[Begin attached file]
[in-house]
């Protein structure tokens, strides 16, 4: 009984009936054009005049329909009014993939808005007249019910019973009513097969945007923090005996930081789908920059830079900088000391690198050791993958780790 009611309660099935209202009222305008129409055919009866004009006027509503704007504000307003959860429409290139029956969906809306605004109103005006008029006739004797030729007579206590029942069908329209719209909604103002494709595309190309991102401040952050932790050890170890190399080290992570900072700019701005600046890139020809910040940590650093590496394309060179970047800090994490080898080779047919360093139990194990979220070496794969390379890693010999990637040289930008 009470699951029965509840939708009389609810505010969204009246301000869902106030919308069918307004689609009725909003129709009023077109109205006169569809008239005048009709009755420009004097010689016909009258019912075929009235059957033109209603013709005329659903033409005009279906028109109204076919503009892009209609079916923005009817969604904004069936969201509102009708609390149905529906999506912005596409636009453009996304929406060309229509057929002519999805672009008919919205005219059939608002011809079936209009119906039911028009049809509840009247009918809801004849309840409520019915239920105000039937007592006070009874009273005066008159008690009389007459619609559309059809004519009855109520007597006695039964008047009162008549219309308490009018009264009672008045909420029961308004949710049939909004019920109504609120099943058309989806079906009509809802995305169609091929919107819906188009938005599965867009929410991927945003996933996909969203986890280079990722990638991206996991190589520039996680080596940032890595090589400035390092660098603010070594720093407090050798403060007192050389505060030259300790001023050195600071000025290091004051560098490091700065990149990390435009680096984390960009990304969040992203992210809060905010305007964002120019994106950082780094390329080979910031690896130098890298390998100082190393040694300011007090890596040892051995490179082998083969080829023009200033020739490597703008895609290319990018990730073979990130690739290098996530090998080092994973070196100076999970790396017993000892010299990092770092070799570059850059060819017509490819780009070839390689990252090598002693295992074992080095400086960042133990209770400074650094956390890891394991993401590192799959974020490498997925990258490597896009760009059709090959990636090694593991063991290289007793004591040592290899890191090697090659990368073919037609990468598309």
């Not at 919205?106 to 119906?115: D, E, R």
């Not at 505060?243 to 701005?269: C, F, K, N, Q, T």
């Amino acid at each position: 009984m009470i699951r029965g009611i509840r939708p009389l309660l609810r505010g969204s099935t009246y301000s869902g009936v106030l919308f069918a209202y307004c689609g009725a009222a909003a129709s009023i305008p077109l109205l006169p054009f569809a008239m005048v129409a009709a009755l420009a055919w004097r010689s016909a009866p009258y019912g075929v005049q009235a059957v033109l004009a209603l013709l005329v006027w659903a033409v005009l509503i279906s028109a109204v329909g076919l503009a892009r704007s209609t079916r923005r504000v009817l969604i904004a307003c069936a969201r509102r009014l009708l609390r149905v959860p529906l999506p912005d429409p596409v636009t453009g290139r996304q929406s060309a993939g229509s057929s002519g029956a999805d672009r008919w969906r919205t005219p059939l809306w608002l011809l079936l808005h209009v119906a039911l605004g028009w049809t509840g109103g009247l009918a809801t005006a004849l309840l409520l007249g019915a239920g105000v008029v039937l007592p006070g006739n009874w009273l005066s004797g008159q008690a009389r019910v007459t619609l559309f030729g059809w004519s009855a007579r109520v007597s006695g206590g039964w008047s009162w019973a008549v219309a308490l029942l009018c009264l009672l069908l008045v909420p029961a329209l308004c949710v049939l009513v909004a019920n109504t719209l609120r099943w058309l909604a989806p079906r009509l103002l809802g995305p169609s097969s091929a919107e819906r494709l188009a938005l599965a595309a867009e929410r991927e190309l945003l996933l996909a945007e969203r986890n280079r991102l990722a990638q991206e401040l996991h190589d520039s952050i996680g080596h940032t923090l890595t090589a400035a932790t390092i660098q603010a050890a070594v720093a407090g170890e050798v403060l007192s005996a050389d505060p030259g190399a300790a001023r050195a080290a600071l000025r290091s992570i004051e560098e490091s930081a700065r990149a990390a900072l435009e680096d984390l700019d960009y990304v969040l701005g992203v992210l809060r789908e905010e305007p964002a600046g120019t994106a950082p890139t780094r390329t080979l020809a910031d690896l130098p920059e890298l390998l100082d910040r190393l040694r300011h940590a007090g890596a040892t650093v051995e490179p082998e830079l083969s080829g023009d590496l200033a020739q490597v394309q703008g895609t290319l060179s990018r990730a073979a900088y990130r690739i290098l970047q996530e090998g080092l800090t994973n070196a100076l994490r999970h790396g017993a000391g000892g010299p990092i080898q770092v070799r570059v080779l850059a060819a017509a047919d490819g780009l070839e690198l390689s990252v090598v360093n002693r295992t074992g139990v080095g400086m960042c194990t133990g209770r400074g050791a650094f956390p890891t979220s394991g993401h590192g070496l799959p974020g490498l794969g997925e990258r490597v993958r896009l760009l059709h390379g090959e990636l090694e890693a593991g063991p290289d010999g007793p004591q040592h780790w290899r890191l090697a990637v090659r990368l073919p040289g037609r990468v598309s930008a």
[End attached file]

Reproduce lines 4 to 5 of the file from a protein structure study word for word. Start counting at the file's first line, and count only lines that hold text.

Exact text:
């Not at 505060?243 to 701005?269: C, F, K, N, Q, T």
């Amino acid at each position: 009984m009470i699951r029965g009611i509840r939708p009389l309660l609810r505010g969204s099935t009246y301000s869902g009936v106030l919308f069918a209202y307004c689609g009725a009222a909003a129709s009023i305008p077109l109205l006169p054009f569809a008239m005048v129409a009709a009755l420009a055919w004097r010689s016909a009866p009258y019912g075929v005049q009235a059957v033109l004009a209603l013709l005329v006027w659903a033409v005009l509503i279906s028109a109204v329909g076919l503009a892009r704007s209609t079916r923005r504000v009817l969604i904004a307003c069936a969201r509102r009014l009708l609390r149905v959860p529906l999506p912005d429409p596409v636009t453009g290139r996304q929406s060309a993939g229509s057929s002519g029956a999805d672009r008919w969906r919205t005219p059939l809306w608002l011809l079936l808005h209009v119906a039911l605004g028009w049809t509840g109103g009247l009918a809801t005006a004849l309840l409520l007249g019915a239920g105000v008029v039937l007592p006070g006739n009874w009273l005066s004797g008159q008690a009389r019910v007459t619609l559309f030729g059809w004519s009855a007579r109520v007597s006695g206590g039964w008047s009162w019973a008549v219309a308490l029942l009018c009264l009672l069908l008045v909420p029961a329209l308004c949710v049939l009513v909004a019920n109504t719209l609120r099943w058309l909604a989806p079906r009509l103002l809802g995305p169609s097969s091929a919107e819906r494709l188009a938005l599965a595309a867009e929410r991927e190309l945003l996933l996909a945007e969203r986890n280079r991102l990722a990638q991206e401040l996991h190589d520039s952050i996680g080596h940032t923090l890595t090589a400035a932790t390092i660098q603010a050890a070594v720093a407090g170890e050798v403060l007192s005996a050389d505060p030259g190399a300790a001023r050195a080290a600071l000025r290091s992570i004051e560098e490091s930081a700065r990149a990390a900072l435009e680096d984390l700019d960009y990304v969040l701005g992203v992210l809060r789908e905010e305007p964002a600046g120019t994106a950082p890139t780094r390329t080979l020809a910031d690896l130098p920059e890298l390998l100082d910040r190393l040694r300011h940590a007090g890596a040892t650093v051995e490179p082998e830079l083969s080829g023009d590496l200033a020739q490597v394309q703008g895609t290319l060179s990018r990730a073979a900088y990130r690739i290098l970047q996530e090998g080092l800090t994973n070196a100076l994490r999970h790396g017993a000391g000892g010299p990092i080898q770092v070799r570059v080779l850059a060819a017509a047919d490819g780009l070839e690198l390689s990252v090598v360093n002693r295992t074992g139990v080095g400086m960042c194990t133990g209770r400074g050791a650094f956390p890891t979220s394991g993401h590192g070496l799959p974020g490498l794969g997925e990258r490597v993958r896009l760009l059709h390379g090959e990636l090694e890693a593991g063991p290289d010999g007793p004591q040592h780790w290899r890191l090697a990637v090659r990368l073919p040289g037609r990468v598309s930008a």